– Nav
    Aug 28, 2023 at 6:54
55

You can get the name that it was defined with using the approach that @Andreas Jung shows, but that may not be the name that the function was called with:

import inspect

def Foo():
   print inspect.stack()[0][3]

Foo2 = Foo

>>> Foo()
Foo

>>> Foo2()
Foo

Whether that distinction is important to you or not I can't say.

4
  • 4
    Same situation as with .func_name. Worth remembering that class names and function names in Python is one thing and variables referring to them is another.
    – Kos
    Dec 13, 2012 at 11:48
  • Sometimes you may want Foo2() to print Foo. For example: Foo2 = function_dict['Foo']; Foo2(). In this case, Foo2 is a function pointer for perhaps a command line parser.
    – Harvey
    Jun 1, 2013 at 20:02
  • What kind of speed implication does this have? Feb 20, 2014 at 20:29
  • 3
    Speed implication with regard to what? Is there a situation where you'd need to have this information in a hard realtime situation or something?
    – bgporter
    Feb 23, 2014 at 15:27
36

I keep this handy utility nearby:

import inspect
myself = lambda: inspect.stack()[1][3]

Usage:

myself()
4
  • 1
    How would this be done with the alternative proposed here? "myself = lambda: sys._getframe().f_code.co_name" doesn't work (the output is "<lambda>"; I think because the result is determined at definition time, not later at call time. Hmm.
    – NYCeyes
    May 22, 2017 at 22:42
  • 2
    @prismalytics.io: If you call myself (myself()) and don't just use its value (myself), you'll get what you're looking for.
    – ijw
    Dec 27, 2017 at 19:56
  • 1
    NYCeyes was right, the name is resolved inside the lambda and thus the result is <lambda>. The sys._getframe() and inspect.currentframe() methods MUST be executed directly inside the function you want to get the name of. The inspect.stack() method works because you can specify the index 1, doing inspect.stack()[0][3] also yields <lambda>.
    – kikones34
    Nov 22, 2019 at 13:16
  • 1
    Please do not use anonymous function literal (lambda ...) to create a named function. Define the function the normal way using def and avoid multiple possible problems. Jun 3, 2022 at 20:07
31

This is actually derived from the other answers to the question.

Here's my take:

import sys

# for current func name, specify 0 or no argument.
# for name of caller of current func, specify 1.
# for name of caller of caller of current func, specify 2. etc.
currentFuncName = lambda n=0: sys._getframe(n + 1).f_code.co_name


def testFunction():
    print "You are in function:", currentFuncName()
    print "This function's caller was:", currentFuncName(1)    


def invokeTest():
    testFunction()


invokeTest()

# end of file

The likely advantage of this version over using inspect.stack() is that it should be thousands of times faster [see Alex Melihoff's post and timings regarding using sys._getframe() versus using inspect.stack() ].

2
  • Works in python 3.7
    – Sinux1
    Nov 19, 2021 at 1:51
  • Really like this one. Easy, fast and elegant. I will balantly copy this code ^^ Jan 2 at 13:10
31

I guess inspect is the best way to do this. For example:

import inspect
def bar():
    print("My name is", inspect.stack()[0][3])
1
  • 9
    Instead if using inspect.stack()[0][3], use inspect.stack()[0].function which should be more robust even when semantics in stack traces change.
    – Tom Pohl
    Oct 7, 2020 at 6:16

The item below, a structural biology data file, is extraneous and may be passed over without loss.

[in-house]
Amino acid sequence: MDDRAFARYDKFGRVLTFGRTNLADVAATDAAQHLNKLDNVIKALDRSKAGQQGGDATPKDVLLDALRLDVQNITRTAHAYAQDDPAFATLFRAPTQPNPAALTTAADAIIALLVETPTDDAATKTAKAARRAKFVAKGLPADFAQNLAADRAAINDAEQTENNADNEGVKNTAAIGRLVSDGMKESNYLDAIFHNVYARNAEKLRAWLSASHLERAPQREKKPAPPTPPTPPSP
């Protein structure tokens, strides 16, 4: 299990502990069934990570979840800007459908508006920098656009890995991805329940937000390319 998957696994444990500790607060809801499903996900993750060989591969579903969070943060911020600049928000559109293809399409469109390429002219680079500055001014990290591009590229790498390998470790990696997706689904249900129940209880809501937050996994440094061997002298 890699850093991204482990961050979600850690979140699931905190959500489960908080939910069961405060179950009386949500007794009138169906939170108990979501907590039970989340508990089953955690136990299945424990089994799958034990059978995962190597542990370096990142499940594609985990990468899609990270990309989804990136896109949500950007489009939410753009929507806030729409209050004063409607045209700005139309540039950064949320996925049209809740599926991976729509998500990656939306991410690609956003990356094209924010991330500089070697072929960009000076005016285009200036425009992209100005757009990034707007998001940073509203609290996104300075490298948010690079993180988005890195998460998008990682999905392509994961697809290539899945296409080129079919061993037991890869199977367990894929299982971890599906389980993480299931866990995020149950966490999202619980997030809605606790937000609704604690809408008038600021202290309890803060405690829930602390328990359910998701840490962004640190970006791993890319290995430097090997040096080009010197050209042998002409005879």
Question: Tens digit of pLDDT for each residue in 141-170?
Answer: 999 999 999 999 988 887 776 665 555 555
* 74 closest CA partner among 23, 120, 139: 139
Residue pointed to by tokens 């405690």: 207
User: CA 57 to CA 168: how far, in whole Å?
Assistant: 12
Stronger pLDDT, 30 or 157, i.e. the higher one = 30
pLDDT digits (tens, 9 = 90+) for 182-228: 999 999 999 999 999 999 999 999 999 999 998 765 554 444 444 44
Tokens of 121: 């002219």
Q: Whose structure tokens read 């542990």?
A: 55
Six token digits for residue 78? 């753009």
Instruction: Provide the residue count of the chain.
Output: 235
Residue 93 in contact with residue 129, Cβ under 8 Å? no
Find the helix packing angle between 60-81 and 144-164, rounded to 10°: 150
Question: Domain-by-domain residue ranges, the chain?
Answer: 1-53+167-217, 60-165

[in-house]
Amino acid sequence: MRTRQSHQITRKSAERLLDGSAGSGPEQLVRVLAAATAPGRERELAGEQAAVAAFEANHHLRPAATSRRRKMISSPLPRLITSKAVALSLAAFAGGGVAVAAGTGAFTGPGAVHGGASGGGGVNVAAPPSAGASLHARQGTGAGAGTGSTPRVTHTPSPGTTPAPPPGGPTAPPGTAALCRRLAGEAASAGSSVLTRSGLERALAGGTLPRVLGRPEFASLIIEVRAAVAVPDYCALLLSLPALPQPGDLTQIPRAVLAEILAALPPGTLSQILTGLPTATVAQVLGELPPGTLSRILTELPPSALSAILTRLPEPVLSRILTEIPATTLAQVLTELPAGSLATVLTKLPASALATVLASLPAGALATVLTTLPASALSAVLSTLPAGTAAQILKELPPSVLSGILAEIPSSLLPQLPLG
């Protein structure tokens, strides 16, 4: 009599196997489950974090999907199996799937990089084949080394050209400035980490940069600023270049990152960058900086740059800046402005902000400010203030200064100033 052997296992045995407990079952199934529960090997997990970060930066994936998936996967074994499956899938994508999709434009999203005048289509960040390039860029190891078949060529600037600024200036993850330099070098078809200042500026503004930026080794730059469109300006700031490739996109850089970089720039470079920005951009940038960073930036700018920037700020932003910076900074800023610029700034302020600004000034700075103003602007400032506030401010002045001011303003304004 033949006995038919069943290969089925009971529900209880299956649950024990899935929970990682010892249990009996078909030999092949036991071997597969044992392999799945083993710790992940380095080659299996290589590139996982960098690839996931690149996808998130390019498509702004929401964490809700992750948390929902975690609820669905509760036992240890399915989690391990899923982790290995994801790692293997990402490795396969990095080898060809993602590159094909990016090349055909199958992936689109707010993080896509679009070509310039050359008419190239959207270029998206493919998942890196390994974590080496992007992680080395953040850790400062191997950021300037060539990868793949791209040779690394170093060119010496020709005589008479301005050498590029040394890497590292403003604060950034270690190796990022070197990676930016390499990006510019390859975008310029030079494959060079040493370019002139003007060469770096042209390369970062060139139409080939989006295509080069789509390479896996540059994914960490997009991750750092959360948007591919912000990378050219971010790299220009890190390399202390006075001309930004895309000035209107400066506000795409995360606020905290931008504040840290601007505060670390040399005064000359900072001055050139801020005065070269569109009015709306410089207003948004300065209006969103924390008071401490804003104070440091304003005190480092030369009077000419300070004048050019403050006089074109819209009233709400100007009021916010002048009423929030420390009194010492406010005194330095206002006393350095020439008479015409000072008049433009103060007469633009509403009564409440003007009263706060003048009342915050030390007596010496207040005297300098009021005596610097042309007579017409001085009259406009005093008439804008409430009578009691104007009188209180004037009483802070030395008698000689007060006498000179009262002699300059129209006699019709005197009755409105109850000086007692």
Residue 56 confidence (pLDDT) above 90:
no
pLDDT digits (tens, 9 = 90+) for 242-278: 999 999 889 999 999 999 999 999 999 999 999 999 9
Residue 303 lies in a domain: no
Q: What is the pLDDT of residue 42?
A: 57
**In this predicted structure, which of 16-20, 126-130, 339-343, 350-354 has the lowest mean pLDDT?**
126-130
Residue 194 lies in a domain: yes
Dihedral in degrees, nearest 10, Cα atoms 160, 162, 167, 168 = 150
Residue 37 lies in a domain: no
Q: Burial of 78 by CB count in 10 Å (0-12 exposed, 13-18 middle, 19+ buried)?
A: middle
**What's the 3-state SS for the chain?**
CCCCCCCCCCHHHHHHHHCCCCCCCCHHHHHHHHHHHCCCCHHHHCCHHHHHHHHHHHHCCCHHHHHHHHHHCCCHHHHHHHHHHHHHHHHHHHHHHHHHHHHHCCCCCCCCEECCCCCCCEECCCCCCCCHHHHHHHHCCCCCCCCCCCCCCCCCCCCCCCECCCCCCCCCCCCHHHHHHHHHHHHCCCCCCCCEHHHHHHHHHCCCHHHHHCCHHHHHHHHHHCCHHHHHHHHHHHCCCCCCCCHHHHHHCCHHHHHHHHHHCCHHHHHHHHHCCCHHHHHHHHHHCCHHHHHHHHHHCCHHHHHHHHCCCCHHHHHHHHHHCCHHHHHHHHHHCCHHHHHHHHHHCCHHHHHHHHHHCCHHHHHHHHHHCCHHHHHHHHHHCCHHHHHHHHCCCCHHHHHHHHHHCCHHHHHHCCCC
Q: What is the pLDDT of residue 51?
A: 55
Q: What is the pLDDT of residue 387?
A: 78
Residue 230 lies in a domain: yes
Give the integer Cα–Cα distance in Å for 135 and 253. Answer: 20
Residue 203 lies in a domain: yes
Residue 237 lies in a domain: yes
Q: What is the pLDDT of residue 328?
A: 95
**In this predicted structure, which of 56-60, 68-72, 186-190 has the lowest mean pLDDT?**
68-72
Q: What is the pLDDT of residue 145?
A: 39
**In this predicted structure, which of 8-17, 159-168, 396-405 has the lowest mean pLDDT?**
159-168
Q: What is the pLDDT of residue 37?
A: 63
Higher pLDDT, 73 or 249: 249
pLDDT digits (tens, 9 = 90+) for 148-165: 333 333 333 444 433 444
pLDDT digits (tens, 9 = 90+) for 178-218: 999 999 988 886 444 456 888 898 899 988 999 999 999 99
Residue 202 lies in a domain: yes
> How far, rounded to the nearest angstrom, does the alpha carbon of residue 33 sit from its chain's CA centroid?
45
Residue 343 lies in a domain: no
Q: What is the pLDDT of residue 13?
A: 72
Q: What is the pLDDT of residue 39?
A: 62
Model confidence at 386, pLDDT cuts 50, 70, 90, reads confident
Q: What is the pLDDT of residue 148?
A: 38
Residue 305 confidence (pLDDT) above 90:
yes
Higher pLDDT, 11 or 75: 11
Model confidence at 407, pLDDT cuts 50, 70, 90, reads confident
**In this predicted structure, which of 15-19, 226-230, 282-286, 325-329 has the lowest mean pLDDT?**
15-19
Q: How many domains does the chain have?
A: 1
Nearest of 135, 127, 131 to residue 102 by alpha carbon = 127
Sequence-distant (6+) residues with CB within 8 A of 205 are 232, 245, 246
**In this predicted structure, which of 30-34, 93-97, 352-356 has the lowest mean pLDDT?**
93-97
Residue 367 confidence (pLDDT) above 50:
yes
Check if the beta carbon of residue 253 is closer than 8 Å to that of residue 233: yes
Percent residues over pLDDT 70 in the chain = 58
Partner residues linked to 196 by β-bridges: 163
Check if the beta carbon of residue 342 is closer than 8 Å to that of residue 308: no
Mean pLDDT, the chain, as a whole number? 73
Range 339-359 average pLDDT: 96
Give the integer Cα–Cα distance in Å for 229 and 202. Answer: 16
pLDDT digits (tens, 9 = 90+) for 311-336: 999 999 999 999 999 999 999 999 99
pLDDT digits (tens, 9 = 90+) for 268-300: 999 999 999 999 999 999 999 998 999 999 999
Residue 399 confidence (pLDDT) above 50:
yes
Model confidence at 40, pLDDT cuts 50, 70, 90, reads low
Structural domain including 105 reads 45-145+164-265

29

I found a wrapper that will write the function name

from functools import wraps

def tmp_wrap(func):
    @wraps(func)
    def tmp(*args, **kwargs):
        print func.__name__
        return func(*args, **kwargs)
    return tmp

@tmp_wrap
def my_funky_name():
    print "STUB"

my_funky_name()

This will print

my_funky_name

STUB

2
  • 1
    As a decorator noob, I wonder if there is a way to access func.__name__ inside the context of my_funky_name (so I can retrieve its value and use it inside my_funky_name)
    – cowbert
    Jun 29, 2017 at 21:57
  • The way to do that inside the my_funky_name function is my_funky_name.__name__. You could pass the func.__name__ into the function as a new parameter. func(*args, **kwargs, my_name=func.__name__). To get your decorators name from inside your function, I think that would require using inspect. But getting the name of the function controlling my function within my running function ... well that just sounds like the start of a beautiful meme :)
    – cad106uk
    Jul 2, 2017 at 13:00
21

I am not sure why people make it complicated:

import sys 
print("%s/%s" %(sys._getframe().f_code.co_filename, sys._getframe().f_code.co_name))
2
21

Use __name__ attribute:

# foo.py
def bar():
    print(f"my name is {bar.__name__}")

You can easily access function's name from within the function using __name__ attribute.

>>> def bar():
...     print(f"my name is {bar.__name__}")
...
>>> bar()
my name is bar

I've come across this question myself several times, looking for the ways to do it. Correct answer is contained in the Python's documentation (see Callable types section).

Every function has a __name__ parameter that returns its name and even __qualname__ parameter that returns its full name, including which class it belongs to (see Qualified name).

5
  • 21
    What would be the point of this if the function name "bar" would have to be known already to perform this?
    – Stephen B
    Jul 22, 2021 at 13:33
  • 8
    @PyNoob: After renaming bar to foo, print('bar') happily prints (incorrectly) "bar", whereas print(bar.__name__) fails.
    – Gerhard
    Oct 22, 2021 at 21:47
  • 1
    To elaborate on @Gerhard's comment - this is useful to protect yourself later if you rename functions, because the IDE will find this reference more easily. Dec 27, 2022 at 20:07
  • 1
    I still do not understand what is the point here since the name of the function - which was the whole point to avoid - is required to obtain __name__ . Does somene "get " this? btw @StephenB good point - from another StephenB[oesch] Oct 21, 2023 at 17:59